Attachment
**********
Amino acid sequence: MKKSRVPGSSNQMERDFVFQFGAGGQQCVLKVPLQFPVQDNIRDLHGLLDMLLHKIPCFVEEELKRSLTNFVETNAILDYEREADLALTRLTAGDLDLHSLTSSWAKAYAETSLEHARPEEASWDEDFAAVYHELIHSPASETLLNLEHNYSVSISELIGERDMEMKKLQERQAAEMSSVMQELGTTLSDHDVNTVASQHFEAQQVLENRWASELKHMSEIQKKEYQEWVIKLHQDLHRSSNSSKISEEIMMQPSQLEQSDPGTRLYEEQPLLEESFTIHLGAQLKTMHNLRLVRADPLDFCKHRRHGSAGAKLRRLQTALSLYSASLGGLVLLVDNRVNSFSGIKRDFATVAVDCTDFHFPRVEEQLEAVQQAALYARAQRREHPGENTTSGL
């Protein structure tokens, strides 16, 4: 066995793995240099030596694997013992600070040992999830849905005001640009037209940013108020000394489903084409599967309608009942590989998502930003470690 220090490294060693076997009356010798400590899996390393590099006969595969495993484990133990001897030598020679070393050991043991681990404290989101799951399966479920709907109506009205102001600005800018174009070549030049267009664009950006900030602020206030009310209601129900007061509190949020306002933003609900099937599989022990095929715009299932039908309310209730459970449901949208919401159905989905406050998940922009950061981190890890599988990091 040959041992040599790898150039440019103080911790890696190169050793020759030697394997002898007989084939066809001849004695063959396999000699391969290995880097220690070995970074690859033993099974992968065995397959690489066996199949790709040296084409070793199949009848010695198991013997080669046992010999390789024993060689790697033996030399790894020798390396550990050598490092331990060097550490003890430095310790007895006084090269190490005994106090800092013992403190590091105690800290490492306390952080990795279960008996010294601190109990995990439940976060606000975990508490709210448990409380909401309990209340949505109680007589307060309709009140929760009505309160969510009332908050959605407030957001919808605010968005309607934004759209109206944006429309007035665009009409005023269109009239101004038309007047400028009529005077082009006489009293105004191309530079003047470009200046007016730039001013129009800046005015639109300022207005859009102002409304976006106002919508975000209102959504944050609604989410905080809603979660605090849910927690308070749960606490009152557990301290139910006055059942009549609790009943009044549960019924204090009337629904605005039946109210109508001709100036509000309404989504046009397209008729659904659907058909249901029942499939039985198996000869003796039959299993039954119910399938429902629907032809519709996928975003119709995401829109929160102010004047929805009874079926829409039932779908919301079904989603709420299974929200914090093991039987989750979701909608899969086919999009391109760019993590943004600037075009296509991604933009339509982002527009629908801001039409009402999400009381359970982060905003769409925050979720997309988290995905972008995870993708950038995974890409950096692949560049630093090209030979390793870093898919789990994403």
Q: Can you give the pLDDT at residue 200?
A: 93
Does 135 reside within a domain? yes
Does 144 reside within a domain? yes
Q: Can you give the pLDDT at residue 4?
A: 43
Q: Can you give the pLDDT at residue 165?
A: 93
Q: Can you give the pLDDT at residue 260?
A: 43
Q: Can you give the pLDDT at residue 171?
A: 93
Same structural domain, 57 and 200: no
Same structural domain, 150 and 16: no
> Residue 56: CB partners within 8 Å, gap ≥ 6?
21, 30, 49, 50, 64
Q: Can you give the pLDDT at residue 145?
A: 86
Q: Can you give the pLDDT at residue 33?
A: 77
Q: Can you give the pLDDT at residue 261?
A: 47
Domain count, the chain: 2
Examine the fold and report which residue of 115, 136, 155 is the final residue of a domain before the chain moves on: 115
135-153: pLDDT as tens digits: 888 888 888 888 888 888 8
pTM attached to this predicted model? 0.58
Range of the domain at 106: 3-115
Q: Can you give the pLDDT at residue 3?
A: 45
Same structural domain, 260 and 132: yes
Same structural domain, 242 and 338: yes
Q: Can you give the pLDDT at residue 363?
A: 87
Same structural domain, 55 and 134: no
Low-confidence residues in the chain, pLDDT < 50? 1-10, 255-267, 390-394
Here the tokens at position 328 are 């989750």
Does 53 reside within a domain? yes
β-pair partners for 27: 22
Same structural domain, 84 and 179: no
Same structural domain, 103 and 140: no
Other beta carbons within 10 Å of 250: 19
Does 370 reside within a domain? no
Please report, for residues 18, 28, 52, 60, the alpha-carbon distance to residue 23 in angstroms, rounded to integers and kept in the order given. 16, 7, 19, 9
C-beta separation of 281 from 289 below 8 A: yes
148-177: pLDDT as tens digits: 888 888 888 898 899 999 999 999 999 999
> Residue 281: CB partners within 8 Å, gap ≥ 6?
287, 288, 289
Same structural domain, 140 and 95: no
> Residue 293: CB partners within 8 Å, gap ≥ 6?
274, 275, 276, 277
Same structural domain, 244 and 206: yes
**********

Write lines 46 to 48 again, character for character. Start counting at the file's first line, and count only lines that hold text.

C-beta separation of 281 from 289 below 8 A: yes
148-177: pLDDT as tens digits: 888 888 888 898 899 999 999 999 999 999
> Residue 281: CB partners within 8 Å, gap ≥ 6?